The Stone Barns Regenerative Farming Fellowship (RFF) provides medium-scale farmers seeking to transition to regenerative farming practices with education, a supportive peer network, and the inspiration, leadership and advocacy skills they need to bring about structural change.
The United States faces a farming crisis. More than half of our farmers are at retirement age. Farmers over the age of 65 outnumber those under 35 at a rate of more than 6:1. Farmers have been asked to produce more and more while facing a long and growing list of challenges, including low prices and tariffs, increasingly devastating and unpredictable weather events, decreased soil fertility, topsoil loss, and more.
Many next-generation farmers, including those working at medium scale, are looking for ways to secure their families’ future and ensure their land is productive for generations to come. But taking the first steps toward this goal requires answers to many challenging questions – what would it look like to implement regenerative practices? How much will it cost, and what are the economics? How can I engage others in my community to embrace similar practices, or convince federal or state leaders to update policies that are standing in the way? How do I stay on the right path?
As a nation we must empower a new generation of farmers to take the helm and embrace resilient practices that protect farmland and ecosystems while producing the food we rely upon. Rapid scaling of regenerative practices is critical to helping farmers improve their farm viability while caring for soils and farmland.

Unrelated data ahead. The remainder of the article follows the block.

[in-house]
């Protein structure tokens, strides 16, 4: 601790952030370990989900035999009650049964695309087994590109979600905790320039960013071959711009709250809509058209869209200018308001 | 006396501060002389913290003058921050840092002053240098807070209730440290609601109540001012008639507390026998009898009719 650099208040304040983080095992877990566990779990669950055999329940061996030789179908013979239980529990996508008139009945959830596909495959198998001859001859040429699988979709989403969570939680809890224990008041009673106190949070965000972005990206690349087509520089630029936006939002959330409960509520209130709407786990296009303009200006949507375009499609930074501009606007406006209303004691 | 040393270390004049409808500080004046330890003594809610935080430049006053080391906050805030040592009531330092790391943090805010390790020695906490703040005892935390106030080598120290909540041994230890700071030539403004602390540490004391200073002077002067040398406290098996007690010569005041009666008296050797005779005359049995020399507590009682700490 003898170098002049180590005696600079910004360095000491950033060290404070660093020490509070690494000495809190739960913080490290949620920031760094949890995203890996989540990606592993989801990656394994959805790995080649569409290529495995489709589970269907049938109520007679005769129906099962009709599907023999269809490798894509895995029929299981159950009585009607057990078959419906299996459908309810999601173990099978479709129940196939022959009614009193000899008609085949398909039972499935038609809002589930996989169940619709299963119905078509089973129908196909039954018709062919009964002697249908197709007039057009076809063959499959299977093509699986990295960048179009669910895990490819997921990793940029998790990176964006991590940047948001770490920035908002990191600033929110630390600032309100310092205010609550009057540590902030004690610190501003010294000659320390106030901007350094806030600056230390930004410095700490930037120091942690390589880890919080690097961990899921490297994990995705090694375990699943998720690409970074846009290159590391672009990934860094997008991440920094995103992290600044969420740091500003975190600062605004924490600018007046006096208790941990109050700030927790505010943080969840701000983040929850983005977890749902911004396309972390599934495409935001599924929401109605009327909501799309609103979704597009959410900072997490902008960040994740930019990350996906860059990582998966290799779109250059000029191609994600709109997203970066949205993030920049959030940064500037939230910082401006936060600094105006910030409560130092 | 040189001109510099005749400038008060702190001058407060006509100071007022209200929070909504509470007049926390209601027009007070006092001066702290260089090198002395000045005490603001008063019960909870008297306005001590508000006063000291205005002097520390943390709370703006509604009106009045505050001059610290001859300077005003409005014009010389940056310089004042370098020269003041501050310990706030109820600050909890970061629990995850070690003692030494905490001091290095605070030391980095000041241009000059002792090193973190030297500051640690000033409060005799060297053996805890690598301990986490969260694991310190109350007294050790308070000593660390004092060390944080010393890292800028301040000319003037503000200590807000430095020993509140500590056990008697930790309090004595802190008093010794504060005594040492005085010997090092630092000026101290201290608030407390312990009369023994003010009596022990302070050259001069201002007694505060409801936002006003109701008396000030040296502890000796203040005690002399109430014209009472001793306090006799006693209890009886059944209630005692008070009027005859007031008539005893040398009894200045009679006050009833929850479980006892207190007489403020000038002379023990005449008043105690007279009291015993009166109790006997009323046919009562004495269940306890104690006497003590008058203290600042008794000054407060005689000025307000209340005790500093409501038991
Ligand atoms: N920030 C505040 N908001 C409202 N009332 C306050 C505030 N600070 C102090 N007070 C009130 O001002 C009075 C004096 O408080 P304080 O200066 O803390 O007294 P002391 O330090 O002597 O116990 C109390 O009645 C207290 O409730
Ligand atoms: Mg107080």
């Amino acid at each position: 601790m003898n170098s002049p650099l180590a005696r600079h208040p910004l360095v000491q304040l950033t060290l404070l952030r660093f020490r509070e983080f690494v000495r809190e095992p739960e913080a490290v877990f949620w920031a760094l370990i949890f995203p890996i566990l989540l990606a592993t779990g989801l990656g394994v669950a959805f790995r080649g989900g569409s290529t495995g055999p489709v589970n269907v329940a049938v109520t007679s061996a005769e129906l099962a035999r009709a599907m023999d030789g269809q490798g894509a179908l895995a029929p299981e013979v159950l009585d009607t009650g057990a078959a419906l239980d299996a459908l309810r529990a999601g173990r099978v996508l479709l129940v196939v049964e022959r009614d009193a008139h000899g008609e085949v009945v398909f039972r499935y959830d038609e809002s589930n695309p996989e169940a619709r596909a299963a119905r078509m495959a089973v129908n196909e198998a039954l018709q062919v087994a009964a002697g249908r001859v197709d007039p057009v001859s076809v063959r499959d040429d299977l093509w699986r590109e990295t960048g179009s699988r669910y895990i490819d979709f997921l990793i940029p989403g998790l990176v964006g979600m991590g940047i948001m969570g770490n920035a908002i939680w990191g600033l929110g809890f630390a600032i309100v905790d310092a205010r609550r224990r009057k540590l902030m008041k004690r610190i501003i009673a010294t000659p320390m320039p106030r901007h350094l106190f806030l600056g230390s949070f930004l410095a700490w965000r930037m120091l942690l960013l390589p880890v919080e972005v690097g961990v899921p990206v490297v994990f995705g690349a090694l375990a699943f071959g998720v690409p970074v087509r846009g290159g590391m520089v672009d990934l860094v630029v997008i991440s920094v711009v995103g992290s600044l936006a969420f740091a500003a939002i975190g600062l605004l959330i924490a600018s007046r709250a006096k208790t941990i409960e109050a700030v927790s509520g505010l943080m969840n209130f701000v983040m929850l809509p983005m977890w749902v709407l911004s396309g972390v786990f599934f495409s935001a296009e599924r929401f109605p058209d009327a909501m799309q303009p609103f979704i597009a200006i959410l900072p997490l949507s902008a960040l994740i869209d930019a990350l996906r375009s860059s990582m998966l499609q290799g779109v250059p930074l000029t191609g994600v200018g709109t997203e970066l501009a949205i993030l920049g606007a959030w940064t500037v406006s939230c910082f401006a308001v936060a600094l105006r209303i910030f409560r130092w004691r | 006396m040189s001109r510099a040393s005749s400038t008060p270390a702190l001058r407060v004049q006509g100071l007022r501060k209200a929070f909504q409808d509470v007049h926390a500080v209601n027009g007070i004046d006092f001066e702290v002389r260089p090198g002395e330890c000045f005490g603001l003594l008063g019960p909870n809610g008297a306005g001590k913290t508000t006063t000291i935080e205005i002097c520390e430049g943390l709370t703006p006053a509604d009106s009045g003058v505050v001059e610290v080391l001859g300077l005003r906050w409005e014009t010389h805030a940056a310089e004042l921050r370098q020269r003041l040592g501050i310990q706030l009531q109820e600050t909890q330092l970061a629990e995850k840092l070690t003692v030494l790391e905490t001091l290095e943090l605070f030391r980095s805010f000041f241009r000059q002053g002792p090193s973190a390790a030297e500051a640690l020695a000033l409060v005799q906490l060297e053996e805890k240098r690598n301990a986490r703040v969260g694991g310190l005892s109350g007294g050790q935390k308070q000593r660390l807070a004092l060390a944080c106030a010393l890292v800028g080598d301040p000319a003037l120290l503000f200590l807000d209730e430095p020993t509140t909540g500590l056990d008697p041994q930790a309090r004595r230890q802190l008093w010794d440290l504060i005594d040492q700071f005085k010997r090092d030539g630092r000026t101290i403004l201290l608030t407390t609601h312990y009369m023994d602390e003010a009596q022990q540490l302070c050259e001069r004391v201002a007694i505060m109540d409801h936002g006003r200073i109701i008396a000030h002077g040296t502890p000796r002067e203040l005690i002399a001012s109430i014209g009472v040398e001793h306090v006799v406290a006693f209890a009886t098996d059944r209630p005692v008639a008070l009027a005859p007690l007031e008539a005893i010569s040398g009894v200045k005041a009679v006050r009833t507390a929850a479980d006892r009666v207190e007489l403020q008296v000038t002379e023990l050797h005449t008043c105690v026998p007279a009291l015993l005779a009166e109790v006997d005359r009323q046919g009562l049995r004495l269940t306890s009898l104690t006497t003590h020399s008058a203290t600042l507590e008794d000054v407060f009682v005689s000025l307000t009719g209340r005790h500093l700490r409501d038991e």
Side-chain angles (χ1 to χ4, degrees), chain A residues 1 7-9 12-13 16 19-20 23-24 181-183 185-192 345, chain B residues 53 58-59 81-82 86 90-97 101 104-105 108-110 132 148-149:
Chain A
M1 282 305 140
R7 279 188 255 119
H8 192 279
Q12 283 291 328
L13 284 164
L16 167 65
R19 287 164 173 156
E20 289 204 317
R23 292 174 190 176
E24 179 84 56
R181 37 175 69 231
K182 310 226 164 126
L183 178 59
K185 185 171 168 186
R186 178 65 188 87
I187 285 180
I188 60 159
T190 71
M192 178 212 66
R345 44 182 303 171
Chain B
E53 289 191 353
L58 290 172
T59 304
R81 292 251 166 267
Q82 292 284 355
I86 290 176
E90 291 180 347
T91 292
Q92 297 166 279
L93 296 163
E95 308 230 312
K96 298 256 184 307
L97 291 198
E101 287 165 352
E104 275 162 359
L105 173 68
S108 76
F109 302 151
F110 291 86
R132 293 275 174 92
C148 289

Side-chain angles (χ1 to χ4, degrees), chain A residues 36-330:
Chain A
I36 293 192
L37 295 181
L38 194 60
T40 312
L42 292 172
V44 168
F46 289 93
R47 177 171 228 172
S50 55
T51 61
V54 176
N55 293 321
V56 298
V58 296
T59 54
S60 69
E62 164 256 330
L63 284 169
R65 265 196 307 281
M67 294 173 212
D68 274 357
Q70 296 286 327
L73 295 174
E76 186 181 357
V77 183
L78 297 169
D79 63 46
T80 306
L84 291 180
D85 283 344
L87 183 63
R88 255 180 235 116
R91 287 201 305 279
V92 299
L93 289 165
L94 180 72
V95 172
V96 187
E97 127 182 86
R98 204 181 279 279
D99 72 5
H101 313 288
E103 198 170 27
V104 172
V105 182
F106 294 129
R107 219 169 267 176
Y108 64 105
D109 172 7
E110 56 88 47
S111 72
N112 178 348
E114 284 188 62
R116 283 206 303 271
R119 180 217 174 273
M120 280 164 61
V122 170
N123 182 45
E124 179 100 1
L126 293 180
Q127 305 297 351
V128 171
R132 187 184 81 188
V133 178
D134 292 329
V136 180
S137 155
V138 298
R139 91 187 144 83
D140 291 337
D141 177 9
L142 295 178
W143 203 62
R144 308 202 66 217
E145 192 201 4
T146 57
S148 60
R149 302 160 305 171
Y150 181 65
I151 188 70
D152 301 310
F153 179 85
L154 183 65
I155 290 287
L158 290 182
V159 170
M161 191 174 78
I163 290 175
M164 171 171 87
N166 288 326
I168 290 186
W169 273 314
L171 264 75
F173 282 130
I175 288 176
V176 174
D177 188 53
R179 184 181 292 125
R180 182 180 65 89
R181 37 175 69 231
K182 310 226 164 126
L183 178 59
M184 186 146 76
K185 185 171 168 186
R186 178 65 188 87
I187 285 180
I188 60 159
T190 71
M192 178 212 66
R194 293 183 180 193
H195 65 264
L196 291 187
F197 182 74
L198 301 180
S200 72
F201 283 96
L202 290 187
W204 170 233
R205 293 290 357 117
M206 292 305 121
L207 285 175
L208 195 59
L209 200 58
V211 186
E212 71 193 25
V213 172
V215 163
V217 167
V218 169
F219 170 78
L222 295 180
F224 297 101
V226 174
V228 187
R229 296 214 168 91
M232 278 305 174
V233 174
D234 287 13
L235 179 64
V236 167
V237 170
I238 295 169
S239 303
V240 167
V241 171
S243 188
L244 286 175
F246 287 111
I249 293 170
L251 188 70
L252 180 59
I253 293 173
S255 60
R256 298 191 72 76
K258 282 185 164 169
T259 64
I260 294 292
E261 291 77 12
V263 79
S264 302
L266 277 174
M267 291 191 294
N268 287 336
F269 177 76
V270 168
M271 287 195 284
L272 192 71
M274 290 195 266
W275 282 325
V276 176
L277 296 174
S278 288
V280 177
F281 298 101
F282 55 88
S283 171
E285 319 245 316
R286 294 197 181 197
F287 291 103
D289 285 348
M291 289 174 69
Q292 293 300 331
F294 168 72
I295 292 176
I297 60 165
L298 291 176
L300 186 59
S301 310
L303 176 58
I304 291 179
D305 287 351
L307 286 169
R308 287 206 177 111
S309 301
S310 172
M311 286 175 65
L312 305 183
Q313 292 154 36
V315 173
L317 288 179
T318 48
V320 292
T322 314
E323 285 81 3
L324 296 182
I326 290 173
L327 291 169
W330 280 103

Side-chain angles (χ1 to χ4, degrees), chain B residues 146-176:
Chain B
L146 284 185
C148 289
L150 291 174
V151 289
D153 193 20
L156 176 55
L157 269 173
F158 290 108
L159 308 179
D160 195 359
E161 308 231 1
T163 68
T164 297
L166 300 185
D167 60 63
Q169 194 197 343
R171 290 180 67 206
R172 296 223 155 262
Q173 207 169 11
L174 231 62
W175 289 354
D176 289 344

The Stone Barns Regenerative Farming Fellowship is geared specifically to meeting the needs of medium-scale farmers whose transition to regenerative practices would have significant impact on the health of farms and farmland. The Fellowship, which is being piloted in 2019, is developed and programmed by the Stone Barns Center for Food and Agriculture in partnership with the National Young Farmers Coalition and Arizona State University, with generous support from the General Mills Foundation.
applicationS have closed for the 2019-20 Fellowship. Please check back for information on future programs.
Fellows will enjoy rich, in-depth content and programming to support their commitment to transitioning farmland to regenerative agriculture, including:
- A specialized track within the framework of Stone Barns Center’s annual Young Farmers Conference geared toward their needs
- Skill building and support around the transition to regenerative practices
- Leadership development training
- Cohort-based fellowship that extends beyond the duration of the program
- Exploration of the role of food and cuisine in developing an agricultural plan, and prioritizing food within a farming operation
- Advocacy training and policy education, with the goal of empowering farmers to navigate policy and advocate for their needs in their communities and beyond
- The opportunity to speak with elected officials about policies to support beginning farmers and regenerative agriculture
- Behind-the-scenes look at business and operational mechanisms including supply chain, marketing, sales, planning, and culinary applications
- Access to a network of mentors and experts in the regenerative farming and culinary fields